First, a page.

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SEOUL, March 17 (Yonhap) -- Medical expenses for senior citizens represented more than 30 percent of all medical spending covered by South Korea's national health insurance program last year, data showed Sunday.
According to the data by the National Health Insurance Service (NHIS), the country's state-run health insurance firm, medical expenses for people aged 65 or older accounted for 34.4 percent of all medical spending by the firm in 2012.
The ratio has been increasing since 2005 when it registered 24.4 percent.
A total of 47.84 trillion won (US$43 billion) was paid in 2012 by the public health insurance firm in medical spending, up 3.5 percent, or 1.6 trillion won, from the previous year.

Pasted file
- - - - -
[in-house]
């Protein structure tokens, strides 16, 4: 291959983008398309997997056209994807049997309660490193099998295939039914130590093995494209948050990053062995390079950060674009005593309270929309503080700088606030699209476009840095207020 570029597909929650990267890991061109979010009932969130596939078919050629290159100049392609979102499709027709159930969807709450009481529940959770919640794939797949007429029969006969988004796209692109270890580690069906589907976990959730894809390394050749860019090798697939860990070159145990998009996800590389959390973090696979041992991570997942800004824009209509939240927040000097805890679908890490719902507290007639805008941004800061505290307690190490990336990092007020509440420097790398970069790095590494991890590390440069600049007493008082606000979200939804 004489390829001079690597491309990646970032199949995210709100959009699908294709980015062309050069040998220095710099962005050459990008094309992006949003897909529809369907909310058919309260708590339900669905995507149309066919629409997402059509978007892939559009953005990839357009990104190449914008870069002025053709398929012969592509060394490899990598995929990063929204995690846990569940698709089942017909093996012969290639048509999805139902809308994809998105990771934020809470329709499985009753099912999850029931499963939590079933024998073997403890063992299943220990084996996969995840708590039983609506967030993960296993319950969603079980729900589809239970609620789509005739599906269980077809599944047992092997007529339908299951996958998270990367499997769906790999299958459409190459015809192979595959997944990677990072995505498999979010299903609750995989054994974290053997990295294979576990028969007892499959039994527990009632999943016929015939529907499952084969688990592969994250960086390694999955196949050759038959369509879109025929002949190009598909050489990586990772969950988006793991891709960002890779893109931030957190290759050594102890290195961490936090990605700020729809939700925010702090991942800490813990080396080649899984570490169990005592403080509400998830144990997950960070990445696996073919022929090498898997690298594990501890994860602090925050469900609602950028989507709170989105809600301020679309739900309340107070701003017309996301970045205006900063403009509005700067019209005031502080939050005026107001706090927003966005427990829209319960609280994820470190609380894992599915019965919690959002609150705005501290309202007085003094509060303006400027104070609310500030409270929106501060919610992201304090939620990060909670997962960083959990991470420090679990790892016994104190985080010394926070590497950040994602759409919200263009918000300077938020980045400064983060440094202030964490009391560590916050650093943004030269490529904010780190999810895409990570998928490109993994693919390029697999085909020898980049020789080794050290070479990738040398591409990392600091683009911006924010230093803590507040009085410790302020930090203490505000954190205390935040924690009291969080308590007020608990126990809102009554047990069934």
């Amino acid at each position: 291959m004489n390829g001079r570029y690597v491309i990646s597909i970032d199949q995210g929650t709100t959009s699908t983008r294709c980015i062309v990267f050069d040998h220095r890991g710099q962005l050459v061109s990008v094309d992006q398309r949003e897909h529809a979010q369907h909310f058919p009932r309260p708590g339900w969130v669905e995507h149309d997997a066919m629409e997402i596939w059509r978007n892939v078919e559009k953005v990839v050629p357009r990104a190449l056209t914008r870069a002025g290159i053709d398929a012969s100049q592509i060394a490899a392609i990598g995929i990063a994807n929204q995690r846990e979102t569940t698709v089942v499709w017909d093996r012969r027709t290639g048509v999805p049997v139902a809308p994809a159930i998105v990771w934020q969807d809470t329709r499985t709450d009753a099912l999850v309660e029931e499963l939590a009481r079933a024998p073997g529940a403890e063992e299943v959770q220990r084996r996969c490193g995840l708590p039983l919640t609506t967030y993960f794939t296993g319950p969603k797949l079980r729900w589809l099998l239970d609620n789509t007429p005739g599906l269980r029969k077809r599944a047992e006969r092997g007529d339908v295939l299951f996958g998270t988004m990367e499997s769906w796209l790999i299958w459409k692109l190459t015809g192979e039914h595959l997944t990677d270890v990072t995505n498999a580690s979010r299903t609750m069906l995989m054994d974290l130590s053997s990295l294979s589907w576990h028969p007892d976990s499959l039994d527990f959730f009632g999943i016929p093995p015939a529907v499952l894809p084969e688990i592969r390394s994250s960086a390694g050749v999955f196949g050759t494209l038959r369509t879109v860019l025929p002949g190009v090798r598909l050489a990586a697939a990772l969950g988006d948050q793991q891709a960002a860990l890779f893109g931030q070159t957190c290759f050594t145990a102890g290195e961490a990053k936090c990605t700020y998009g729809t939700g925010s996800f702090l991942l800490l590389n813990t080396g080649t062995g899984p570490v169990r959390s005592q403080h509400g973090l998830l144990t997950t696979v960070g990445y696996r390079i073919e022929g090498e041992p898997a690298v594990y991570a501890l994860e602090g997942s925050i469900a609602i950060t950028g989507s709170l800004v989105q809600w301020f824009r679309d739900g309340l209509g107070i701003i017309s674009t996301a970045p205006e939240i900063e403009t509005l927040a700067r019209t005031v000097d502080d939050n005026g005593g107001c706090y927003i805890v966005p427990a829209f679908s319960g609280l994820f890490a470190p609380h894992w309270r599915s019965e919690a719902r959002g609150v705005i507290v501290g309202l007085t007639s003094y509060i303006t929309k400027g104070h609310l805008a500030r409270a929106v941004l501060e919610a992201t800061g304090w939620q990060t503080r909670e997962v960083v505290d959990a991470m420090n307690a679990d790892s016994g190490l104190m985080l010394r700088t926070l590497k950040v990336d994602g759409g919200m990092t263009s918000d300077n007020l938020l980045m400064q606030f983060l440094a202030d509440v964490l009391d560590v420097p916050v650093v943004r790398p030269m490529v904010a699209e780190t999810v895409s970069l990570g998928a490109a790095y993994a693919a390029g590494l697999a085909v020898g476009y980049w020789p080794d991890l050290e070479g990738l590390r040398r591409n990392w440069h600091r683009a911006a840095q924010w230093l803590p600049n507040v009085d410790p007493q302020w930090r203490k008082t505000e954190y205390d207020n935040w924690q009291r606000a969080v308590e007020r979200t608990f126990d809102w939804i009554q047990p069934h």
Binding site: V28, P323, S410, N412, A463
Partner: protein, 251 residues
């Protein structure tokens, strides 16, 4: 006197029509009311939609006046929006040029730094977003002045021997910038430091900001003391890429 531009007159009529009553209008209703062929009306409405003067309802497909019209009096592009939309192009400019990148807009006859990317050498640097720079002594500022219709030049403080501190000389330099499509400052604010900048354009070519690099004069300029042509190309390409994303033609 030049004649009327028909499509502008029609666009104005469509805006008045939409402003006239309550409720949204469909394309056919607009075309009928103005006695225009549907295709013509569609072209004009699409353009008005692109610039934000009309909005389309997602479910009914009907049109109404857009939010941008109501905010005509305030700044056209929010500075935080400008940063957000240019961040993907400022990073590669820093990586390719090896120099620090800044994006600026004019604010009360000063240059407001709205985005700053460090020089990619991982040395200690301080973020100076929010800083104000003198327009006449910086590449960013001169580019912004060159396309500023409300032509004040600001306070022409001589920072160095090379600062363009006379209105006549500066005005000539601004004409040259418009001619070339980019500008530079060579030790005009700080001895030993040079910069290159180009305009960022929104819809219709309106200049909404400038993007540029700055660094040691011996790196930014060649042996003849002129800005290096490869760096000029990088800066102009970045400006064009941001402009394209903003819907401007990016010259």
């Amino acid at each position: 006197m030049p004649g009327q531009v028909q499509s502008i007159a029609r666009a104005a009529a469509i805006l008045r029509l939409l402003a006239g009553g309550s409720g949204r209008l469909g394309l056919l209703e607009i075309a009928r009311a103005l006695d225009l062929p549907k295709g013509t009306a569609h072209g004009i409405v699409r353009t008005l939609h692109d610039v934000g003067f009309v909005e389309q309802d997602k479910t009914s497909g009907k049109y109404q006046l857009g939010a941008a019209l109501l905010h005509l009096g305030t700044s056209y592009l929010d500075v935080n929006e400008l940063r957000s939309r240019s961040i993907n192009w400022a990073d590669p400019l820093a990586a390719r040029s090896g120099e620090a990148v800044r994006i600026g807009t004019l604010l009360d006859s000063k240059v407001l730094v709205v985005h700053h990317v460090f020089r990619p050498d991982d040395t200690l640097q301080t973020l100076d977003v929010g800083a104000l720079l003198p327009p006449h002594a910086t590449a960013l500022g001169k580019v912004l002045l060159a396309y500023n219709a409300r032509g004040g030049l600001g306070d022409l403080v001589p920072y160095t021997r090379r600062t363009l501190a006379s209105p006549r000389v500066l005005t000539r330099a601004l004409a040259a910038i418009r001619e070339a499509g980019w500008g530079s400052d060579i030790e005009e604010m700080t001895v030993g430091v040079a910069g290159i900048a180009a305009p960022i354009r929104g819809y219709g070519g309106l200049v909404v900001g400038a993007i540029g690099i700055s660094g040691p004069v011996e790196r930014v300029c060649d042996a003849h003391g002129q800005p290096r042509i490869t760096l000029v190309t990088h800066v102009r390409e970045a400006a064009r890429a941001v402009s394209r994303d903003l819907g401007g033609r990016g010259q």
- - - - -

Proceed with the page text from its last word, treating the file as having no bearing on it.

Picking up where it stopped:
A monthly average of medical expenses per capita reached 80,545 won in 2012, up 2.7 percent from 2011.
During the same period, medical expenses for the elderly totaled 16.45 trillion won, up 6.9 percent, with a monthly average of hospital expenses per senior citizen rising 3.6 percent to 256,321 won.
Despite the rise in medical expenses for the elderly, the growth of overall medical expenses paid by the NHIS slowed between 2011 and 2012.
The medical spending growth rate was above the 10-percent range from late-2006 to 2010, but it fell to 6 percent in 2011 and 3.5 percent last year thanks to an economic downturn and medication price cuts.
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